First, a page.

Dear new moms, here is all you need to know about Mastitis of the breast

Published on: 8 July 2022, 13:36 pm IST

Mastitis is one of the most common breastfeeding issues. The breasts, in this case, look red, warm and tight. So, you need to be careful.

breastfeeding problems
Mastitis is a painful infection of the breast tissue. Image courtesy: Shutterstock
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For those caught unaware, Mastitis is nothing but breast inflammation. The breasts have several glands and ducts, which are subdivided into many branches. These small ducts (lactiferous ducts) cover the areola and carry the milk to the nipple. So when these breast tissues are infected, it is called mastitis and it is one of the most common breastfeeding issues. There are three types of Mastitis, subareolar, intra mammary and retro mammary.

Here’s everything about Mastitis

1. Subareolar mastitis

It happens when there is an infection in the areola. The main cause of subareolar mastitis is the bacteria which reaches to the Montgomery glands via cracked nipples.

Its symptoms are:

  • Red inflamed area
  • Pain in that area
  • Edematous swelling
  • Treatment:
  • Antibiotic therapy
  • Secretions drainage (in severe cases)

2. Intra mammary Mastitis

Also known as Breast abscess, it is of two types. One is Lactational breast abscess and second is non-lactational breast abscess. Intra mammary Mastitis is the infection of the intra mammary tissues, and the Lactational breast abscess is often seen in breastfeeding mothers. The common causes include cracked nipples, retracted nipples, improper latch, and clogged ducts.

breast
Read on to know if all breast Metasis. Image courtesy: Shutterstock

Its symptoms are:

A non-Lactational breast abscess is also seen in menopausal, post-menopausal women, and smokers.

Treatment:

  • Antibiotic therapy
  • Secretions drainage (in severe cases)

3. RetroMammary Mastitis

It is the abscess just behind the mammary glands. The main cause is the Infection of intercostal lymph nodes like tuberculosis of ribs, or any bacteria that reaches to the lymph nodes. The symptoms depend on the underlying disease, like in the case of tuberculosis, the symptoms related to tuberculosis can be seen.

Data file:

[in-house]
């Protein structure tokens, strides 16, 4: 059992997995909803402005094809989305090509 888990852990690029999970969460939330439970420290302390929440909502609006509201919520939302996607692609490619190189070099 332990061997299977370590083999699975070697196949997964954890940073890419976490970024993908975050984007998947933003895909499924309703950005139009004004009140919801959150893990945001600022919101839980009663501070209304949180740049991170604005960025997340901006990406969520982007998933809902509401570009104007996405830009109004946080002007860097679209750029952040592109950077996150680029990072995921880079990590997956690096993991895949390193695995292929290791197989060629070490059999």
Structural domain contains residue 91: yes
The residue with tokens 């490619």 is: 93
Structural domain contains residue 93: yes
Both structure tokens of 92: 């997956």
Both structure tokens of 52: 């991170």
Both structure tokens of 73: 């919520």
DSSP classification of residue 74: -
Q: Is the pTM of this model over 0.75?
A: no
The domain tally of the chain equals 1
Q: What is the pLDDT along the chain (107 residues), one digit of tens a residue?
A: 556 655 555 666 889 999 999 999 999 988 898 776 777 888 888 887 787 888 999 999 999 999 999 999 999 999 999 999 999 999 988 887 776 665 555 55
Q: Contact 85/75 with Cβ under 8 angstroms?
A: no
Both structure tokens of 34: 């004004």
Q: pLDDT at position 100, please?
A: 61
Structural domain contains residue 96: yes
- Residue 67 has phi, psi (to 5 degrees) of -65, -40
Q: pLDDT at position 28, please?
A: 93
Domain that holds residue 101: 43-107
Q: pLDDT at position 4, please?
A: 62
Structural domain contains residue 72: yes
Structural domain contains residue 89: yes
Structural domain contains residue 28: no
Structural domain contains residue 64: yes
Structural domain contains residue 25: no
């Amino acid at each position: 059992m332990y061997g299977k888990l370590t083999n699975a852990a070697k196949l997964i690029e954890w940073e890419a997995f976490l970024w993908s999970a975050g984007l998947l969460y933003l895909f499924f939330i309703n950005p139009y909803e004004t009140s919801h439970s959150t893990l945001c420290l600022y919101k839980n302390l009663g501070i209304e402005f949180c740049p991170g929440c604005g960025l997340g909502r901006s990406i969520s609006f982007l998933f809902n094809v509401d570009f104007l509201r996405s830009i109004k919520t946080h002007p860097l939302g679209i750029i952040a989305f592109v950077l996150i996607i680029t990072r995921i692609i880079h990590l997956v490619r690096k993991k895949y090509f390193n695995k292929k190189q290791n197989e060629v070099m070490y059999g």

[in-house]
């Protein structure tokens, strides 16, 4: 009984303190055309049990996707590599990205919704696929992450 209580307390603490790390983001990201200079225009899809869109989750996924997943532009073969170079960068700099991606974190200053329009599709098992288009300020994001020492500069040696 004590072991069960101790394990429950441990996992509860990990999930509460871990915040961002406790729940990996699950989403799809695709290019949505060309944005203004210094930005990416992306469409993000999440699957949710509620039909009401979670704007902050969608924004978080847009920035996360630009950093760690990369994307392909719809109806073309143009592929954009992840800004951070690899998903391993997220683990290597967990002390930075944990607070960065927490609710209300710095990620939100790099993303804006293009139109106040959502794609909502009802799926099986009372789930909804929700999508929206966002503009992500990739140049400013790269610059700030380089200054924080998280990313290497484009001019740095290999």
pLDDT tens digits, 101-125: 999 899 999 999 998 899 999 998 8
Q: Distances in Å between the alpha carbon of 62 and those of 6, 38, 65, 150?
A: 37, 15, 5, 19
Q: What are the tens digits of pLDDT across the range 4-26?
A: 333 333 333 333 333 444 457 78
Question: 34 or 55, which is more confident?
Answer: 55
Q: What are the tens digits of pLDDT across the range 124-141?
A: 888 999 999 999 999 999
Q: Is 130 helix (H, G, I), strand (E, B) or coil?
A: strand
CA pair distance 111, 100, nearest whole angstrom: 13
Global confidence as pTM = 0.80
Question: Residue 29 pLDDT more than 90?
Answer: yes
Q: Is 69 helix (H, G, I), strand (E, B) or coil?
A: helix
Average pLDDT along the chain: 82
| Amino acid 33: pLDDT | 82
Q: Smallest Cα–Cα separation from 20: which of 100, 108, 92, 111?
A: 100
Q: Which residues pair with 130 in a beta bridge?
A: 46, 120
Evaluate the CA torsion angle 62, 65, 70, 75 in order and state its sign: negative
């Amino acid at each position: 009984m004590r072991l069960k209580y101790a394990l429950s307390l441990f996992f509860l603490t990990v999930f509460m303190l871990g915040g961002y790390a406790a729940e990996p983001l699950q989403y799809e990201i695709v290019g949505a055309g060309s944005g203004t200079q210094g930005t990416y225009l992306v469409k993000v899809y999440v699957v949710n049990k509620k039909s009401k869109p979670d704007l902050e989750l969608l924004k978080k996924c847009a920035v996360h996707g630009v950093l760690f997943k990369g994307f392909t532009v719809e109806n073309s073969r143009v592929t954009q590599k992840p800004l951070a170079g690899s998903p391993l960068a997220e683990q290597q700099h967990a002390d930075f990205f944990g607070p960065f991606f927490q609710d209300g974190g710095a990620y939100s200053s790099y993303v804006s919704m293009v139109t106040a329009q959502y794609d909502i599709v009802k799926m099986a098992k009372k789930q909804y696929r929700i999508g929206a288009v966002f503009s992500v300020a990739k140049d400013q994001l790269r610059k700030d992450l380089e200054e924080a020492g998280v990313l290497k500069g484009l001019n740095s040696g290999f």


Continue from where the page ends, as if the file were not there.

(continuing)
How do you know if you have it?

It is most common in breastfeeding mothers. The breasts, in this case, look red, warm, and tight. Also, the woman might feel some flu-like symptoms like fever, pain, and chills. Lastly, it is difficult to express the breast milk too.

How to prevent it?

When you have clogged milk ducts, and bacteria enter the breast via cracks in your nipple, it can lead to mastitis of the breast. Improper latch, missed feeding sessions, over pumping and sudden weaning are the risk factors, and they can lead to engorgement of the breast in breastfeeding mothers.

When the breast is overfilled with milk for a longer period of time, it results in pathological engorgement of the breast, which makes the mother feel lumps in the breast, pain in the breast, redness and warmth. If this condition is neglected, it leads to bacterial infection, which results in mastitis of the breast tissue. So, the best prevention is to keep your breast soft and meet a lactation expert, if you feel any pain during breastfeeding.

breastfeeding problems
Breastfeeding can be a fulfilling, but a challenging experience. Image courtesy: Shutterstock

Can I breastfeed while I have mastitis?

The answer to this question is yes. It will not just help you to relieve and heal the Mastitis but it is also safe to feed the baby at this time. This will ensure the proper emptying of the breast and prevent further progression of the problem. You can feed the baby on the breast at least for 15-20 minutes on each side. If the baby is not able to latch, using a breast pump is suggested.

Some other non-medical treatments include:

  • Hot and cold pack
  • Warm compress or shower before expressing
  • Cold compress can use after a feed it helps to reduce pain
  • Cabbage leaves can be applied to relieve congestion for non-breastfeeding mothers

Dr Kavita Singh Dr Kavita Singh

Dr Kavita Singh, Physiotherapist and lactation expert, Cloudnine Group of Hospitals, Patparganj

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